2022 Ones – a selection of one-act plays

Ones – a selection of one-act plays

Out of the Flying Pan

By David Campton
Directed by Barry Kitchen

You Tell Me

By Peter Yates
Directed by Peter Yates

Halfway up the M3 on the Way to Basingstoke

By Barry Kitchen
Directed by Barbara Yates

Production Dates: 26th – 28th May 2022
Location: Durley Memorial Hall




When we were founded 75 years ago, our predecessors presented short plays in and around Bishopstoke as part of their fund-raising activities for the National Children’s Home (now Action for Children).

Then, forty years later, we began entering plays in one-act drama festivals, a hugely enjoyable activity which we continue to this day.

We’ve rarely presented these as a standalone production but, in our anniversary year, we thought we’d show you what we get up to with these plays, hence ‘Ones’.

Fresh from their success in the Totton, Henley and Maidenhead drama festivals, we’ll be presenting ‘Out of the Flying Pan’, a satire by David Campton, and ‘You Tell Me’, a family drama by Peter Yates (note: there is some strong language in this play).

These plays have won a number of awards at several drama festivals in the region, culminating with ‘Out of the Flying Pan’ being runner-up at both the Totton and Henley festivals and winning the prestigious Maidenhead Drama Festival, so you can be sure of an evening of quality entertainment!

To complete the evening’s line up we’ll be presenting ‘Halfway up the M3 on the Way to Basingstoke’, a comedy by Barry Kitchen which we presented at drama festivals several years ago – a ‘play that goes wrong’, which left its audience in stitches back then and we see no reason why it should not do so again!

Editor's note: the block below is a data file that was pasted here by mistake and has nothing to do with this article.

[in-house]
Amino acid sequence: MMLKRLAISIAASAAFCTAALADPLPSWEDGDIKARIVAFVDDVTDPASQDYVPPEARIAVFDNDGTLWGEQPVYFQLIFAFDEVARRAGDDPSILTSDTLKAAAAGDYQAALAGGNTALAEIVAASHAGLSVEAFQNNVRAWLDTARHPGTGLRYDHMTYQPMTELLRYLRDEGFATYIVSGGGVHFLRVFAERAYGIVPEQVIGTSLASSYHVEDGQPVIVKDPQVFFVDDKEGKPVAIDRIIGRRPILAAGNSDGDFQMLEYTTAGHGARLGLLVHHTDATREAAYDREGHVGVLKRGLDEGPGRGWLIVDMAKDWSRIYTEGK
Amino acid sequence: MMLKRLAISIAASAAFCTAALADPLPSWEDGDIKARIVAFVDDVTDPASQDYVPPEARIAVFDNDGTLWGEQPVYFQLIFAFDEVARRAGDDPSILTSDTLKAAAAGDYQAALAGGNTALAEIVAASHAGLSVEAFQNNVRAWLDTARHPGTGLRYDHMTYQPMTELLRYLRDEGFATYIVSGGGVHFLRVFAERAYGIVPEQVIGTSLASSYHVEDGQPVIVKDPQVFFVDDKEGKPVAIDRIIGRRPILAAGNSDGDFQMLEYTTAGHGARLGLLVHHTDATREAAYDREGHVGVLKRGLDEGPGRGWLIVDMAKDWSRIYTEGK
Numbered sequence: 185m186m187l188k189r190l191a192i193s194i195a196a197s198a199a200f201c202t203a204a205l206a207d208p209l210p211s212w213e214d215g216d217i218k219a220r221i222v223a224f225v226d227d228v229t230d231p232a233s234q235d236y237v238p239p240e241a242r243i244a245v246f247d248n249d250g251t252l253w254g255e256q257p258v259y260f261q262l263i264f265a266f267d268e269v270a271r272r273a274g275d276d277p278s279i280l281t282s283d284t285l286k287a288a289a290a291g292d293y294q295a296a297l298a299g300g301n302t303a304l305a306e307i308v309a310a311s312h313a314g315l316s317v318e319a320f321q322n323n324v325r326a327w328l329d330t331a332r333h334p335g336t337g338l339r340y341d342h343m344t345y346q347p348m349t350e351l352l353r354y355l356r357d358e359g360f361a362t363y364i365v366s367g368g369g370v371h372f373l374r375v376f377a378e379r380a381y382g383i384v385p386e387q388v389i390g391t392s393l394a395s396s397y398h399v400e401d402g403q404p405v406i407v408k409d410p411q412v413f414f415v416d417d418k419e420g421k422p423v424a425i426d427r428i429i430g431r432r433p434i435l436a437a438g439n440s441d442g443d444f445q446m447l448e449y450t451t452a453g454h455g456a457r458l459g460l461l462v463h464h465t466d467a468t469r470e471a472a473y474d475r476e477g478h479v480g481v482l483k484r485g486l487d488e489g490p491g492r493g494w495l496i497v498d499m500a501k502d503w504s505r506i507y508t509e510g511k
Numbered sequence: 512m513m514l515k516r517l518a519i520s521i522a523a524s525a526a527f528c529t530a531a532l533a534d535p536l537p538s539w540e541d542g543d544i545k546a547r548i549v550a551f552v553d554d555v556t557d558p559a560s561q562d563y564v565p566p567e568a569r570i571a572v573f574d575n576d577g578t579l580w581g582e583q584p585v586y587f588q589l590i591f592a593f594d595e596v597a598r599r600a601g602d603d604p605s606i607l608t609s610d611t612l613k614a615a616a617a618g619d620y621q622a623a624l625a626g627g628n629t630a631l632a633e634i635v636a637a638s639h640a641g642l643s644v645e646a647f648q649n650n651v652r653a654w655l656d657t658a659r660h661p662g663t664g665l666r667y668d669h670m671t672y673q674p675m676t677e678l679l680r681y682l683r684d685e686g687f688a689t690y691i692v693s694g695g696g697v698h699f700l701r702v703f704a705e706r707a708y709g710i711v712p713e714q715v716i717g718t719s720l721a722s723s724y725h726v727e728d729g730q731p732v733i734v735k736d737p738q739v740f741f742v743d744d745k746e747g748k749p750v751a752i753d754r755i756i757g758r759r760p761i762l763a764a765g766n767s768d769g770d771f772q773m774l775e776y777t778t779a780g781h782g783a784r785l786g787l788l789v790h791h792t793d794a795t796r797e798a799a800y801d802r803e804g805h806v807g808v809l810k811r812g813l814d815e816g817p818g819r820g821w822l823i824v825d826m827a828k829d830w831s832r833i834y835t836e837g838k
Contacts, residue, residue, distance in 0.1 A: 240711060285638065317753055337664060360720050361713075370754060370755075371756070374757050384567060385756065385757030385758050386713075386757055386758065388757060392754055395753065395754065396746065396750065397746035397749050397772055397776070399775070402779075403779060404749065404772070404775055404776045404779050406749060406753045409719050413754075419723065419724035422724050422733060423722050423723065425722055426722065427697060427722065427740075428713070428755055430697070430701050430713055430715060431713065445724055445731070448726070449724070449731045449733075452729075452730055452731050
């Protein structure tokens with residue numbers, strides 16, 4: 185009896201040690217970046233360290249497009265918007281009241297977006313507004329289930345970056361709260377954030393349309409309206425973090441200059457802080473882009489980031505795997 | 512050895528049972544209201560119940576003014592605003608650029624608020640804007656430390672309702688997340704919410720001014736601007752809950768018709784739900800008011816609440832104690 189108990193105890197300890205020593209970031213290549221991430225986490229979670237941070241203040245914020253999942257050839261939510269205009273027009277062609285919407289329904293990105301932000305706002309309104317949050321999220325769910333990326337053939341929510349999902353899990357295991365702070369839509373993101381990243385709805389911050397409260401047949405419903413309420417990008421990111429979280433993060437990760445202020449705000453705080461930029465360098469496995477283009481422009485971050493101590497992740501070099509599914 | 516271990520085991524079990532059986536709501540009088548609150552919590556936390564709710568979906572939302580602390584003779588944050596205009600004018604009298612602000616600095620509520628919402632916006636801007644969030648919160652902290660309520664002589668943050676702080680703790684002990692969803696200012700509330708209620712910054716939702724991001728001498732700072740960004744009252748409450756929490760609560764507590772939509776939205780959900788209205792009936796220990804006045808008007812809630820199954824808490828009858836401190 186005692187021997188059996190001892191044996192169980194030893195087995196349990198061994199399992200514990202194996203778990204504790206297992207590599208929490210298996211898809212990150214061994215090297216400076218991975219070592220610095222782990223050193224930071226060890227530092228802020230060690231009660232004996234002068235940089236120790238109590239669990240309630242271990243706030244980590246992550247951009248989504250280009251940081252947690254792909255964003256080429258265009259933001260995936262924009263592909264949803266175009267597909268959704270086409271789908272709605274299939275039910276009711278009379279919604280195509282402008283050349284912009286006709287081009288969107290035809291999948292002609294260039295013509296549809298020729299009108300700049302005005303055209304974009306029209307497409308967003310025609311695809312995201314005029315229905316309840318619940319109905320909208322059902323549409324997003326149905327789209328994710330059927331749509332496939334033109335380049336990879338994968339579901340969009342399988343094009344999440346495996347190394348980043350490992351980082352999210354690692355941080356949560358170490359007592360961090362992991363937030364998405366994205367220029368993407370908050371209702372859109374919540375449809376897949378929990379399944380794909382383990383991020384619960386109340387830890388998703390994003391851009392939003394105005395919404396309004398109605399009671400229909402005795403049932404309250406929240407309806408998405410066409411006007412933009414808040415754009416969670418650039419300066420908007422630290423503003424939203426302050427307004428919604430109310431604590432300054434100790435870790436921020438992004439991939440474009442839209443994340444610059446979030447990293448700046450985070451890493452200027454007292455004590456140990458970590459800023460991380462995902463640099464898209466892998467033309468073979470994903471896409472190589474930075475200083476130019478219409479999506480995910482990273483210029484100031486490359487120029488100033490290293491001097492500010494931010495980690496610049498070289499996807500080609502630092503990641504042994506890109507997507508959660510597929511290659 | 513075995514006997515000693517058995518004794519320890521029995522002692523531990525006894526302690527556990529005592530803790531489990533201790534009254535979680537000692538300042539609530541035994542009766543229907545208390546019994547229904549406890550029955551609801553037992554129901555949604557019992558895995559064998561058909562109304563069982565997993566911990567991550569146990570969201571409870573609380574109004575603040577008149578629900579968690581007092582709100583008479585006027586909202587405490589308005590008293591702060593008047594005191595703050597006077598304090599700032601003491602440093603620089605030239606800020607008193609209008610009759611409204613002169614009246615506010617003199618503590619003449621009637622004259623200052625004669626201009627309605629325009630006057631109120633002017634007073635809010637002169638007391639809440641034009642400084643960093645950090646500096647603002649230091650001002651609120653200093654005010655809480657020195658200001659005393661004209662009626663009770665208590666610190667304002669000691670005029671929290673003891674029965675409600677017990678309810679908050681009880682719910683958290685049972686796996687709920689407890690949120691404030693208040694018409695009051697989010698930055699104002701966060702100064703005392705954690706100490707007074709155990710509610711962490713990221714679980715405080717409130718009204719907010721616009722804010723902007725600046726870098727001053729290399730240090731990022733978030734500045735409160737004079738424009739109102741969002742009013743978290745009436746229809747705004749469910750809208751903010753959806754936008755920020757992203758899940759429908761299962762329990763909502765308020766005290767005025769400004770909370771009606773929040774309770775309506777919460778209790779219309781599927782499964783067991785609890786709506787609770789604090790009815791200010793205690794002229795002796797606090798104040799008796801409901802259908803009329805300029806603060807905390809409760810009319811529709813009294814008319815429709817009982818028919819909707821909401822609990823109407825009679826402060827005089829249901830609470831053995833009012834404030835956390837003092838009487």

So come and join us at Durley Memorial Hall (Durley Brook Road, SO32 2AR) from 26th to 28th May at 7.30pm. Tickets are £10 (£8 for under-18) and are available online (now with no booking fee), or email boxoffice@bishopstokeplayers.uk, or phone 07871 006551.

As with all our plays, proceeds are donated annually to Action for Children




: Bishopstoke Players: Durley Memorial Hall, Durley: Anne Waggott: 27 May 2022

In 1947, to raise much needed funds for their newly formed Society, Bishopstoke Players performed short plays and sketches in Bishopstoke back gardens. In 2022, fresh from a successful, award-winning trio of Drama Festival appearances, they return to their roots with a trio of one act plays to celebrate Bishopstoke Players’ 75th year.

Ones is an impressive collection of short plays that showcase the depth of talent amongst the Bishopstoke Players, and it’s easy to see why they have received so many awards in the recent Festivals.

The evening opens with Out Of The Flying Pan, a superbly performed example of ‘Theatre of the Absurd’. It’s a particular style of post-World War II play, written to expose the absurdity of human life through “illogical, meaningless, and deliberately confusing action and dialogue”.